And those blocks can be little things that can be a flight falls through, or I mean, that's not necessarily a little thing, but it can be that you were trying to get some errands done and the car tire went flat. You gotta stop and get air. Okay. So minor one. These were big ones.

These were pushing buttons in both my friend and I. And we were already tired. We were already mentally spent and emotionally spent. So we didn't have a lot of sort of bandwidth of perspective to step back and assess. Fortunately, my husband is really good at that.

And as I was getting more tired and more and more frustrated by this trying to force the transportation issue to the next couple of places, I was kind of melting down. He's familiar with that. And he said, you know maybe you should just go back to Chamonix, which was not a difficult place to get to from where we were in Courmayeur.

So he said, you know maybe what you guys need to do is just go back to Chamonix for a couple of days. Just get a hotel there, and just rest and just enjoy the town. You know it, you're familiar with it.

I already have favorite places to go for food and drink and ice cream. You can shop, you can just rest if that's what you really need to do. And immediately, immediately it was like I could breathe again. That feels exactly like what we should do. And that's my cue that, that is in the flow.

I was just tired of trying to force this, transportation issue. And my friend was determined cuz she wanted to stick with her daughter and she was doing the heavy lifting on figuring out the logistics. So I was like, okay. But I said to my husband, I said, but I can't just leave my friend with this huge taxi cab ride or the possibility of being stranded somewhere by yourself.

That just doesn't feel like the right thing to do. My friend and her daughter were in the room next to us in this hotel. And we're texting, you know, our millennial children have rubbed on us. So instead of like knocking on the door, sitting in the same room and having this ongoing conversation, we're texting each other.

And I realize that I need to, as much as I'm trying to honor her desires because they were legit. And I understood, and I wanted to support that as much as I could. I also realized that I had to be clear about what I needed and not in a pushy way, not in a any way where I'm like, this is what I'm gonna do.

I texted her as gently as I could phrase it that Dean has suggested that we go back to Chamonix for a couple of days and then meet them in Switzerland. And that would give us a couple of days to first of all, rest to rest our injuries, but also to rest our mental capacities and our emotional capacities.

And then that would give us time without being frantic about it, figure out the next steps transportation wise, to meet back up with them in Switzerland. And then I held my breath after I hit sent. So I basically said here's what Dean has suggested this and it feels like the right thing to do to me.

Retired if we need to rest. I understand if you wanna keep going. I don't wanna leave you with the big cab ride expense. But here's what feels like the right thing to me, inform me. And there's silence for quite a while, and I don't know what to make of it, but I'm just, intuitively I'm just like she's gotta work through it.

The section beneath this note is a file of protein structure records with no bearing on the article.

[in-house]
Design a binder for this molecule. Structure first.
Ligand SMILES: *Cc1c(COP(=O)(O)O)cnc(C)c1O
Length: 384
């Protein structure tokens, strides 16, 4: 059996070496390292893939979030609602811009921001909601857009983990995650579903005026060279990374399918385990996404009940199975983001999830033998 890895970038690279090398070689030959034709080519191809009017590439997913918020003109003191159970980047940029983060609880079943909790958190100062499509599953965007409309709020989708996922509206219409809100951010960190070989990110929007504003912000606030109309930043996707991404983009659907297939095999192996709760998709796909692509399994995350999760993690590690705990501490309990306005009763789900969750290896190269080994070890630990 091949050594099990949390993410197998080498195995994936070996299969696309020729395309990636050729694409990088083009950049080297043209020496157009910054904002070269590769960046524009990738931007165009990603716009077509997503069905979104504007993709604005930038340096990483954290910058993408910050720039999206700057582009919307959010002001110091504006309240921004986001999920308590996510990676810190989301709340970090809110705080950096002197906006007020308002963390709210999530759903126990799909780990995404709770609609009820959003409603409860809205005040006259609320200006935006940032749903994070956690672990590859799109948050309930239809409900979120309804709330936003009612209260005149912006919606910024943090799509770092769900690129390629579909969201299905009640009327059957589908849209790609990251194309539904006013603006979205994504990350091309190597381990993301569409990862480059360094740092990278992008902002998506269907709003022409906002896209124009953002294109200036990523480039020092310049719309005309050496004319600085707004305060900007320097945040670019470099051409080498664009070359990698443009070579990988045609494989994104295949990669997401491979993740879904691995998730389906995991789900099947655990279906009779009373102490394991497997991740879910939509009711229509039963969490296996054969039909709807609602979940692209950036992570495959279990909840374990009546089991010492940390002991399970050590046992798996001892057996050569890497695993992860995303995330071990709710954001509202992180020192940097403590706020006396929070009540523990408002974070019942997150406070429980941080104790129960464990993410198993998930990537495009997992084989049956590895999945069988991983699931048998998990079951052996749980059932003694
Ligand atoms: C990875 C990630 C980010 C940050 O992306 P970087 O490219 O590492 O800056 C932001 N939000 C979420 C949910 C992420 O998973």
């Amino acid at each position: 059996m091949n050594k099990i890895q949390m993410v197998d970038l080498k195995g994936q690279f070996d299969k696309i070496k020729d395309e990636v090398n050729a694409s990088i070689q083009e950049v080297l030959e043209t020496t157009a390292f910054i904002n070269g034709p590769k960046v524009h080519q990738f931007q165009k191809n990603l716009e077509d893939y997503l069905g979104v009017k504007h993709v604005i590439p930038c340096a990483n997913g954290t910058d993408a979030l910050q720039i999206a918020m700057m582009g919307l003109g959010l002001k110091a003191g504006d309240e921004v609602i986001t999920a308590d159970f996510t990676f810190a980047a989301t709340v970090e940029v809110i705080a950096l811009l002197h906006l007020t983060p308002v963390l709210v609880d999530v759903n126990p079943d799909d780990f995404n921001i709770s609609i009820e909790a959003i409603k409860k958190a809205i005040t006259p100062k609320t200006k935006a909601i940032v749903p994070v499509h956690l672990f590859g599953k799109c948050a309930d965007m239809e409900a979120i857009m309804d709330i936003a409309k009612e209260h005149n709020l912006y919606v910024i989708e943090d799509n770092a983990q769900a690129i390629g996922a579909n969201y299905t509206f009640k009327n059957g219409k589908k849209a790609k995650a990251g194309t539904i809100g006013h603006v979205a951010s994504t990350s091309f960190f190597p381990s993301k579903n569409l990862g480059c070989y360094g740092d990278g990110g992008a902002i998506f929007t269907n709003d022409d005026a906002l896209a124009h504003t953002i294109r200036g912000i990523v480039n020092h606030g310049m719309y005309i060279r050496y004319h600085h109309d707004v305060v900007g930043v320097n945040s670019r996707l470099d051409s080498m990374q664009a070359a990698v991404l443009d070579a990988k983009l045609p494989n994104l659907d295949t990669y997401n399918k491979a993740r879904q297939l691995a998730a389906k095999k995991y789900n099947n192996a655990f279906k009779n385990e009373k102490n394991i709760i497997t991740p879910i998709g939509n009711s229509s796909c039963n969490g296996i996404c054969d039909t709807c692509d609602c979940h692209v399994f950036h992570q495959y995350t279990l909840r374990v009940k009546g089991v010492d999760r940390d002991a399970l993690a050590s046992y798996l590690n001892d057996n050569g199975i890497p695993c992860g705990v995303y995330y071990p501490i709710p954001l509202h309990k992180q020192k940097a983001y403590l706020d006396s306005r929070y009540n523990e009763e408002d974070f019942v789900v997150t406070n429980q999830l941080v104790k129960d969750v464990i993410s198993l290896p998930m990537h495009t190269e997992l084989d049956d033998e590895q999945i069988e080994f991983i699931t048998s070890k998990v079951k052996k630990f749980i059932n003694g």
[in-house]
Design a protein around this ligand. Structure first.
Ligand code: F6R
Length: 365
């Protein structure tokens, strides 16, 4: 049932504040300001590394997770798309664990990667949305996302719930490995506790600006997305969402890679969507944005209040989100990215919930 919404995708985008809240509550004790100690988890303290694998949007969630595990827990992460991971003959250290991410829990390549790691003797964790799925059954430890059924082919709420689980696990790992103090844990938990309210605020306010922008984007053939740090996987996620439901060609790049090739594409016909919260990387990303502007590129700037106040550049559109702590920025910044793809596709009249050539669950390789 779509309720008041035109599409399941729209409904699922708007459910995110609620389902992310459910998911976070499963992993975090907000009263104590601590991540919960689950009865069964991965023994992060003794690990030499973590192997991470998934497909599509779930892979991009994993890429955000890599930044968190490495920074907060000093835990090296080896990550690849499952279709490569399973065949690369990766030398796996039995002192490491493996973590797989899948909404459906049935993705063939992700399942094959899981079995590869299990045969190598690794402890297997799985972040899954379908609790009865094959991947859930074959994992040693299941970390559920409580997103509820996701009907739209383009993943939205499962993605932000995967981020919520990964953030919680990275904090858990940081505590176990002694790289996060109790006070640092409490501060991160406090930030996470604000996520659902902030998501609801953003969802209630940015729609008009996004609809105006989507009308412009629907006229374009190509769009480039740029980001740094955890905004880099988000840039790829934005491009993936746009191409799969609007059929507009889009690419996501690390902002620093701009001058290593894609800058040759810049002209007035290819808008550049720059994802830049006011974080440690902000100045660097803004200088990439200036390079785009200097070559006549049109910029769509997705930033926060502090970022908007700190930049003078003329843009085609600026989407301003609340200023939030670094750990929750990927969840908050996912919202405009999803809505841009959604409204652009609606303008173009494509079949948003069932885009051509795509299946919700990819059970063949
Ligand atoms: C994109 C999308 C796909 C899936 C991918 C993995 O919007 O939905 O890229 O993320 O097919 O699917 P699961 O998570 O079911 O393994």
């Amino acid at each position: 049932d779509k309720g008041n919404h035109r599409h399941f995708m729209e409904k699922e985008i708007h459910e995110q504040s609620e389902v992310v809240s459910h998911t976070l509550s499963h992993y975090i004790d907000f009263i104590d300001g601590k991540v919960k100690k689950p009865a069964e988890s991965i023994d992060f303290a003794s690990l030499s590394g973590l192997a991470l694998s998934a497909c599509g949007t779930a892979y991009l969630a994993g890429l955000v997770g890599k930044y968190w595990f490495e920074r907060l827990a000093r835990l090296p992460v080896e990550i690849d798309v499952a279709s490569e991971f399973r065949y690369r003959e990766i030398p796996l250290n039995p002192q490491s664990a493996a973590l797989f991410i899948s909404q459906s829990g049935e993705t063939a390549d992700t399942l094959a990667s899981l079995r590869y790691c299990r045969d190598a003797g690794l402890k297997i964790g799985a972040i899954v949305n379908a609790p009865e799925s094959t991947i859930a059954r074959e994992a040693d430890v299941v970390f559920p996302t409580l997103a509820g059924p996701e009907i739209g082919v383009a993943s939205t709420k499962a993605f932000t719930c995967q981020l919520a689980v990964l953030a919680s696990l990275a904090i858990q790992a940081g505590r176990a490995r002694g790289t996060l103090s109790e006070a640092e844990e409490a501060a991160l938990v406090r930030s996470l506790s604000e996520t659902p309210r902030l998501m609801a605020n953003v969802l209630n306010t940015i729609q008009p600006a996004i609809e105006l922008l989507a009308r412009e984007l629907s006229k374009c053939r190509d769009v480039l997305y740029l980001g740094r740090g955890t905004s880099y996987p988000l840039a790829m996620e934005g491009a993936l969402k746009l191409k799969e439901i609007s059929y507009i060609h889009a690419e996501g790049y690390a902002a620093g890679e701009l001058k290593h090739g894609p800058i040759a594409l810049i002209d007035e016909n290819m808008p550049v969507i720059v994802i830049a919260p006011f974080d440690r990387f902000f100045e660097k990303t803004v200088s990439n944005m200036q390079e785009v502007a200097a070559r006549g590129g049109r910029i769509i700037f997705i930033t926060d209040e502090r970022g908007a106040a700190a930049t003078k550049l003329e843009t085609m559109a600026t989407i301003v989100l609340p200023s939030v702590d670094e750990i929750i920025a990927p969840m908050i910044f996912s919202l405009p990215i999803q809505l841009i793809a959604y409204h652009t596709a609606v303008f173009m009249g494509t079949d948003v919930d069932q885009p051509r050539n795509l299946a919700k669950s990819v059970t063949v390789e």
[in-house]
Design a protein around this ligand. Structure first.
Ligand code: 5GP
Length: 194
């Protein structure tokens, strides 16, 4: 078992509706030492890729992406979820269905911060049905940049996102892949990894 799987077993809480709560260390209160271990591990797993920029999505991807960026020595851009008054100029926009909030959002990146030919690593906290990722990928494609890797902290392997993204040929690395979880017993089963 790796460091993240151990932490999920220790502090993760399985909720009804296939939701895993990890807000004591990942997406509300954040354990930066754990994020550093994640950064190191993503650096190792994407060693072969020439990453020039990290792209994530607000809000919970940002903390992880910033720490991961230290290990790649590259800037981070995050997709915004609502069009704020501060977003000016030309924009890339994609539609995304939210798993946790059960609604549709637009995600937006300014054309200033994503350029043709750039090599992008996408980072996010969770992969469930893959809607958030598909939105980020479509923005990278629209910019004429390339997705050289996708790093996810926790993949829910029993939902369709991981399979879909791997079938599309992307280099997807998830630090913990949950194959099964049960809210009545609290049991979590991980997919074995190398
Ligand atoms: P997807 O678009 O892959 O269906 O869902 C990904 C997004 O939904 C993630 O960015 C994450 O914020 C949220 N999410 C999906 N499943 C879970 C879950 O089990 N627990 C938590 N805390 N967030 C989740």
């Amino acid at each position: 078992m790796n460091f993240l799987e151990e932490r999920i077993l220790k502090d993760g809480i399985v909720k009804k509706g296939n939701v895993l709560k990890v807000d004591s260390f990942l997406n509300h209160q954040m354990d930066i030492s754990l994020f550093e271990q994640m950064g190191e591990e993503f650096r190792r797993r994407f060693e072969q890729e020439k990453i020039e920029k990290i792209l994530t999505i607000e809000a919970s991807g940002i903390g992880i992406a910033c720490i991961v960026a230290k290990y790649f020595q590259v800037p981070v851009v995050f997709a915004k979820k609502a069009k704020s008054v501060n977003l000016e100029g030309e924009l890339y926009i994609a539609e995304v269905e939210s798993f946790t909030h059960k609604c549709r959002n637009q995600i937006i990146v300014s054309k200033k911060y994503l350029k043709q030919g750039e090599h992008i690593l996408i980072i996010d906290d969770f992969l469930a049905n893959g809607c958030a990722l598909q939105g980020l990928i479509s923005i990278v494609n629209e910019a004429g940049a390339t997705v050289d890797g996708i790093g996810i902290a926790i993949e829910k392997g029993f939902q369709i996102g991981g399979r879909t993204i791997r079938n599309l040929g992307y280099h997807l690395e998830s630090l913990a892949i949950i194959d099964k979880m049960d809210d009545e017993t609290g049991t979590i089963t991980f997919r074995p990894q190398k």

She's gotta figure out what's best for her. And if we go forward, how are we gonna do that? And honor both of us. And if we go back, how are we gonna do that? And honor both of us. Well, this is the long story at this point, but she ended up texting me back going, it's not what I want to do, but I think it's the right thing to do.

At that point, I get on figuring out how to get us back to Chamonix because there's two ways. One is up and over the mountain by the gondolas. But that didn't feel like the right thing in the moment.

And so, I'm feeling for what's right, what's not. There's a bus. There's a tunnel under the mountain, under Monte Blanc that goes directly from Courmayeur to Chamonix. The bus ride is less than half an hour. It's like, I don't know, maybe $14.

That felt right. My friend gets on or some site to find us a place to stay in Chamonix for two nights. Now we're gonna be there over a weekend at this point. And she finds us a room for a price that's very reasonable given that it's a weekend and it's in Chamonix, which is a very popular tourist destination.

And we know roughly where it is cuz we know the town. We've spent three days walking around there, shopping and eating and drinking and enjoying the views. And so that fell into place. The bus fell into place. We had to walk a little bit to the bus, but it was not so far that we couldn't do that.

We rearranged our packing so that we had what we needed with us in our backpacks, that way the suitcase could continue with our companions. So many logistics, so many logistics, this is not my forte so we get to Chamonix.

We figure out how to get from the bus to the hotel which is on the other end of town from where we had stayed when we were first there. But it's not that big a town. And we realize that it's this beautiful old it used to be a salvo hotel, so it's pretty magnificent, but it's been millennialize I like to call it.

So it's been redone in the last few years. And it's really cool and funky now. And we have a room with a view over the town and of to Monte Blanc. The beds are the best beds we've had since we've been there. And we literally spend our first day there, just hanging out in the room. We are each doing our own thing, and it was exactly what we needed.

And the second day we were feeling so much better. We did a little shopping. We found a wonderful place to have dinner. I think it was at the time. And. we took the gondola up to what's called the UGLi Demid, which is one of the high points on Monte Blanc. It's high enough that we were both feeling the altitude pretty quickly.